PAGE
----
“It’s not that a person has to be black to take care of black patients,” he said. “But if a white person comes to deal with a group of black people, that person should know that a culture specific approach must be used.”
Otherwise, he continued, “they won’t understand where you came from, and you won’t understand where they came from, and nothing will happen.
Clifford Ricardo Joseph was born June 23, 1922 in Panama City into a large Caribbean family. Her father, Samuel, worked on the construction of the Panama Canal and her mother, Léontine (Ellis) Joseph, was a chambermaid. When she was 18 months old, her family moved to Harlem.
Cliff’s older brother, Freddy, aspired to be a police officer; the same day he was admitted to the academy, he was shot and killed by a man in his apartment building. To support his family, Mr. Joseph enlisted in the military as a teenager. He then served overseas in a field artillery unit.
After World War II, Mr. Joseph studied at Pratt on the GI Bill, earning a BFA in 1952. While working at a wellness center, he met Ann Voggenthaler, whom he married in the middle. from the 1960s.
A few years after watching the March on Washington with his wife and hearing Dr King speak, Mr Joseph sent Dr King Christmas cards he had designed in honor of the young girls killed in the bombing. Ku Klux Klan against a church in Birmingham, Ala., In 1963. Dr. King sent a letter to Mr. Joseph’s East Village apartment.
“I was deeply impressed and very grateful for your generous gesture,” he wrote. “It was particularly gratifying because I have always felt, since I saw it for the first time, that your art expressed the meaning and the sacrifice of our struggle.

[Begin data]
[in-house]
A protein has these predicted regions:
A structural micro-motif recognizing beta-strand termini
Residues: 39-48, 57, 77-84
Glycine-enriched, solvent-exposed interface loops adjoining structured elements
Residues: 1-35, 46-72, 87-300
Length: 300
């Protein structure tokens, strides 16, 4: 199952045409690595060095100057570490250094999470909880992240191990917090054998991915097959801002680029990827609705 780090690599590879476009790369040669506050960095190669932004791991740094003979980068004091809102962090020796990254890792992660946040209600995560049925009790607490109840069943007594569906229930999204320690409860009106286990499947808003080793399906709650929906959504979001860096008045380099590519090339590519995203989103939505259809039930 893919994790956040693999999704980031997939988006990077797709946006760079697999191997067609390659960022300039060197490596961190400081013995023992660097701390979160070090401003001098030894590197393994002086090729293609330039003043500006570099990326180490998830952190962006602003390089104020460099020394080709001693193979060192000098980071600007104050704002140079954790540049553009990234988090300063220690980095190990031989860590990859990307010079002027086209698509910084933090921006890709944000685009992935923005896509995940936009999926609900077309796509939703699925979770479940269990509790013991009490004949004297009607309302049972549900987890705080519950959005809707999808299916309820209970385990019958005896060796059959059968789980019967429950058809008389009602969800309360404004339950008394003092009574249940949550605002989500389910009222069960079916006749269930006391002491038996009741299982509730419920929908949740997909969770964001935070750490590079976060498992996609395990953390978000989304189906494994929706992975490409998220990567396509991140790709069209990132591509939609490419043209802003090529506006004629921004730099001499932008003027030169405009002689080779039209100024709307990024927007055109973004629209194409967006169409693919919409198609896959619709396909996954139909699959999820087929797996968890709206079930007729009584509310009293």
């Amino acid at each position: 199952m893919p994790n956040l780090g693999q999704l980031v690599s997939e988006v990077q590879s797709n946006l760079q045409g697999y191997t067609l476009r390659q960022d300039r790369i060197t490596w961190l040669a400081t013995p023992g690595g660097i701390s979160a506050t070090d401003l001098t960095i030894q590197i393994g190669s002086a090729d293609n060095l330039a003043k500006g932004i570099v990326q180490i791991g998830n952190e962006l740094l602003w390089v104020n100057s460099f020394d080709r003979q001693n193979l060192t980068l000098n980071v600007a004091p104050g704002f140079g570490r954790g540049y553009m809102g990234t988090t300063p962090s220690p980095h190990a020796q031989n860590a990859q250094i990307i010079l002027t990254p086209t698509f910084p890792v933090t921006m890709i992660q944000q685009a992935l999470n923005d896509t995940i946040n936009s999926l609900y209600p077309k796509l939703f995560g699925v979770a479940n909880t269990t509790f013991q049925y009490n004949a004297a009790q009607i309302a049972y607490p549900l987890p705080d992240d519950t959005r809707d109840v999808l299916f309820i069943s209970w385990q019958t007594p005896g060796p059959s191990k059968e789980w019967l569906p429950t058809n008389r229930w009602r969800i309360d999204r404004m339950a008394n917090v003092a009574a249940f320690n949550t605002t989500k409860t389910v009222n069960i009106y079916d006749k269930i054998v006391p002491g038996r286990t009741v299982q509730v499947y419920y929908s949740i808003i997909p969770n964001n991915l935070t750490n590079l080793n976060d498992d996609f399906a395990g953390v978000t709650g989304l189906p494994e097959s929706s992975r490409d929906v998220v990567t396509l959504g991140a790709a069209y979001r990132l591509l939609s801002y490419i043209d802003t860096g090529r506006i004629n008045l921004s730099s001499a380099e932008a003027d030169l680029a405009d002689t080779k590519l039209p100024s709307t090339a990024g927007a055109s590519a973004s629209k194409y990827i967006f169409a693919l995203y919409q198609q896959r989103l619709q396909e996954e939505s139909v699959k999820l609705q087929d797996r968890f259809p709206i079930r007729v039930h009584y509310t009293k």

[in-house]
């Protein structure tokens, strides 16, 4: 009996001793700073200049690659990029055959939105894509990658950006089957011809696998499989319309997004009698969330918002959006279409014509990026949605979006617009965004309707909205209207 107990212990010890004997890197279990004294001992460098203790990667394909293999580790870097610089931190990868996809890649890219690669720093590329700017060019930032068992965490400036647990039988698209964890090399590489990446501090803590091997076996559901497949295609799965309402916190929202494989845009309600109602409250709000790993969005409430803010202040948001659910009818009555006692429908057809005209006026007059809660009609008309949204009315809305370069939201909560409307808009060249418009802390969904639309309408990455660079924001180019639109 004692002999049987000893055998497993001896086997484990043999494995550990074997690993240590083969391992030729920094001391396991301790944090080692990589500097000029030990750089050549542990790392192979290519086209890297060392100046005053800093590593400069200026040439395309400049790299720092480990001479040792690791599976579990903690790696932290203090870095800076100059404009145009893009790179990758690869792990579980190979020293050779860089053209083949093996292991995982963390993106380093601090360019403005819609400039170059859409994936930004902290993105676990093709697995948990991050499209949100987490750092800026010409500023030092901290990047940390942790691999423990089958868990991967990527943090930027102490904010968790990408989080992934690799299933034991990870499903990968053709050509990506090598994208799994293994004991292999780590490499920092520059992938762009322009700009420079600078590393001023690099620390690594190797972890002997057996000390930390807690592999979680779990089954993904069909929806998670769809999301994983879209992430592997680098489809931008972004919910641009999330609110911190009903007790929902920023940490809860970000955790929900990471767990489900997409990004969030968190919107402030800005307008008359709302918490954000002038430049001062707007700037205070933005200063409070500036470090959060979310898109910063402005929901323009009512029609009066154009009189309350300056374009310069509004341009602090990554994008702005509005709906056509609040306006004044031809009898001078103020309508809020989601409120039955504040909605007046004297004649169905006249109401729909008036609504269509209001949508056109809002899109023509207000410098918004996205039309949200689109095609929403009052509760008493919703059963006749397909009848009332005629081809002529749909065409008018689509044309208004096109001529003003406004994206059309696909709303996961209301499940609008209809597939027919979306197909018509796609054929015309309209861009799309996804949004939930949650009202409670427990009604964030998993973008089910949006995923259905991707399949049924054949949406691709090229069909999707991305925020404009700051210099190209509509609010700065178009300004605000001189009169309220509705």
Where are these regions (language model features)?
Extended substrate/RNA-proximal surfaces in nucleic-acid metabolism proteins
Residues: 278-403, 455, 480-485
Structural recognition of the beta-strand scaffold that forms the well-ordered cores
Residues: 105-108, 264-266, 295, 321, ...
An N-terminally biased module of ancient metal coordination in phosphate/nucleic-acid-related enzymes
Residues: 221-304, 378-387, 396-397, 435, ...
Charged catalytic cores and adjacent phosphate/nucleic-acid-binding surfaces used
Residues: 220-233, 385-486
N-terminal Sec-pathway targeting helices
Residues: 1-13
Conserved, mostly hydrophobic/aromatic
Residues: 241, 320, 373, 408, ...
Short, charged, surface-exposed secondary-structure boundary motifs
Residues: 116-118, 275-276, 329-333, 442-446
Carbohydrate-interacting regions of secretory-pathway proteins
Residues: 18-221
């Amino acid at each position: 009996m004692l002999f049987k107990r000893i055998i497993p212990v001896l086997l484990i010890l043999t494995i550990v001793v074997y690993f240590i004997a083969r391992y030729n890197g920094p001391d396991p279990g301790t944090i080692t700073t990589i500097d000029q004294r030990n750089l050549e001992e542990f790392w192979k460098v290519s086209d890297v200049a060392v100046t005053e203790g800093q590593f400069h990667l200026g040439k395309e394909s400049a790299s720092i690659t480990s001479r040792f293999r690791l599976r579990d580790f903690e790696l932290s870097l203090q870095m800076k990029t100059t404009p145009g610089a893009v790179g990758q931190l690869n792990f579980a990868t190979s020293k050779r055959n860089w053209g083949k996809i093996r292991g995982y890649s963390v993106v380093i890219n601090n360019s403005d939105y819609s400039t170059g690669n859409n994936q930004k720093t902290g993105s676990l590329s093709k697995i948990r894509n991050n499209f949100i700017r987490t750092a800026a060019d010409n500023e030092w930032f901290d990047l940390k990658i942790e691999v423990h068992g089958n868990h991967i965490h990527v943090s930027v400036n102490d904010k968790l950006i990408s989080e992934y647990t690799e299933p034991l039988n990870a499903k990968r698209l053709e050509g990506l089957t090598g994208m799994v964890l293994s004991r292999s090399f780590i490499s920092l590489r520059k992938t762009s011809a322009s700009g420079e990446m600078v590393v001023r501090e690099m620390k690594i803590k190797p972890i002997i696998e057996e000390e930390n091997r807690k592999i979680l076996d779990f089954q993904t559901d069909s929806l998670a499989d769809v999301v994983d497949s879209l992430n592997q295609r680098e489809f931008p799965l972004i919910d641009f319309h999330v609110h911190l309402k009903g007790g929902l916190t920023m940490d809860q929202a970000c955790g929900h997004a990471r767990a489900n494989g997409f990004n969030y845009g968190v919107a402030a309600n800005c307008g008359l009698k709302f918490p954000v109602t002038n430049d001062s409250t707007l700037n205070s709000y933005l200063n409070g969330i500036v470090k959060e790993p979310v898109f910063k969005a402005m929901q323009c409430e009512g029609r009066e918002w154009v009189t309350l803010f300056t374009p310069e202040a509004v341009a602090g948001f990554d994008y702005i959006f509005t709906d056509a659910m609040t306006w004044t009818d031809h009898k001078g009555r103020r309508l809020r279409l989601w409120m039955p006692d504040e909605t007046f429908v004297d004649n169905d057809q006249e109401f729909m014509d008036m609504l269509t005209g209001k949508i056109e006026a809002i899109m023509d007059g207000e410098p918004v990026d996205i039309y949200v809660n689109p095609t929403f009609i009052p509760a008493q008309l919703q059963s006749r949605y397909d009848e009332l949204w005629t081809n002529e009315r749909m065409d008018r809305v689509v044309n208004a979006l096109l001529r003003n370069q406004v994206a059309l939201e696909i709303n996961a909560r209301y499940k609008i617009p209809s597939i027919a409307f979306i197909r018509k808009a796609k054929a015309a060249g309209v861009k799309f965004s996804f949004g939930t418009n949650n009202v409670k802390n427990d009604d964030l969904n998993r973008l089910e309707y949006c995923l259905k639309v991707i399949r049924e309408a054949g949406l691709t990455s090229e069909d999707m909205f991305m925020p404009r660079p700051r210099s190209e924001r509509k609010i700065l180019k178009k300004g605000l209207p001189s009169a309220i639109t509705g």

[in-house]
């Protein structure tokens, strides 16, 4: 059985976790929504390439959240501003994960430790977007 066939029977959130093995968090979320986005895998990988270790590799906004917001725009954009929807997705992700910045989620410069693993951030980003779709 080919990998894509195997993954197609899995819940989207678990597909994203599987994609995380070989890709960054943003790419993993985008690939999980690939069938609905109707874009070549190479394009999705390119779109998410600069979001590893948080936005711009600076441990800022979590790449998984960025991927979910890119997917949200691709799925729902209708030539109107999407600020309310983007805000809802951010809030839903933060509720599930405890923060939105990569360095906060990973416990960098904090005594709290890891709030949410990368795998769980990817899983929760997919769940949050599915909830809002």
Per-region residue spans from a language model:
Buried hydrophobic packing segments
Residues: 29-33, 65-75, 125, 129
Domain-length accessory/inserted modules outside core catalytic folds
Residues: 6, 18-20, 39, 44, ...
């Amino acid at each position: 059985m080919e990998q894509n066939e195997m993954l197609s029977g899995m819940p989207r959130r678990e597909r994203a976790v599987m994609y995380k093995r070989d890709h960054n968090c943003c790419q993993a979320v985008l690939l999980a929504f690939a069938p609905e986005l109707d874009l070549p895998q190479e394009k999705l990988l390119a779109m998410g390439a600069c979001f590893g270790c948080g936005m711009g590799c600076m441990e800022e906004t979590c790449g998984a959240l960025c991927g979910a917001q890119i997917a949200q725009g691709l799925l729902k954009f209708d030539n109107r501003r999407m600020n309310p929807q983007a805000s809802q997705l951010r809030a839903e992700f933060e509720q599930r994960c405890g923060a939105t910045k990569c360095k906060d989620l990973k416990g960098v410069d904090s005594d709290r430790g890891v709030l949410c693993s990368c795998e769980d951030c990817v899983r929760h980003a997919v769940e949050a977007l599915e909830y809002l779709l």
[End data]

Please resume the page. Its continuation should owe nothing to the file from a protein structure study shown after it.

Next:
In the 1960s, Mr. Joseph helped care for psychiatric patients at Jacobi Hospital in the Bronx, where he befriended Edith Kramer, a prominent art therapist. Ms Kramer invited him to watch her work with children in the hospital and Mr Joseph was moved by what he witnessed. She then took him to the first meetings of the American Art Therapy Association.
“I walked into this room with all these people and saw no one I could recognize as being of my race,” Mr. Joseph said in 2006. “I felt there was a certain politeness. when I was introduced, but I didn’t feel like I was greeted.
The American Art Therapy Association presented Mr. Joseph with an award in 2008, recognizing his commitment to social activism in this area. It was also featured in a documentary, “The Wheels of Diversity in Art Therapy: The Pioneers of Color,” which featured several therapists who introduced a multicultural perspective.
In 2001, after living for years in the rent-regulated Westbeth Artists Housing complex in the West Village, Mr. Joseph and his wife moved to Chicago, where they later joined the neighborhood protest against a coke storage facility in oil in the southeast owned Koch Brothers. Mr. Joseph has also written a science fiction novel, “Revelation Number 10: The Call of a Galactic Neighbor”.
In addition to his wife, Mr. Joseph is survived by two children from a previous marriage, Clifford Jr. and Leonette Joseph; one brother, Ronald; and three grandchildren. A daughter, Zuri Joseph, died in 2013.
In 2018, Hunter College New York revisited “Rebuttal to Whitney Museum Exhibition” with an event in its campus gallery. The exhibition repeated works from the original 1971 exhibition, including one of Mr. Joseph’s oil paintings, “The Superman”.
This painting shows an inflated Klansman holding a gun and a cross standing in front of a Confederate flag. But he is naked, wearing his white robe over his arm, and Mr. Joseph has made him spectral and desperate.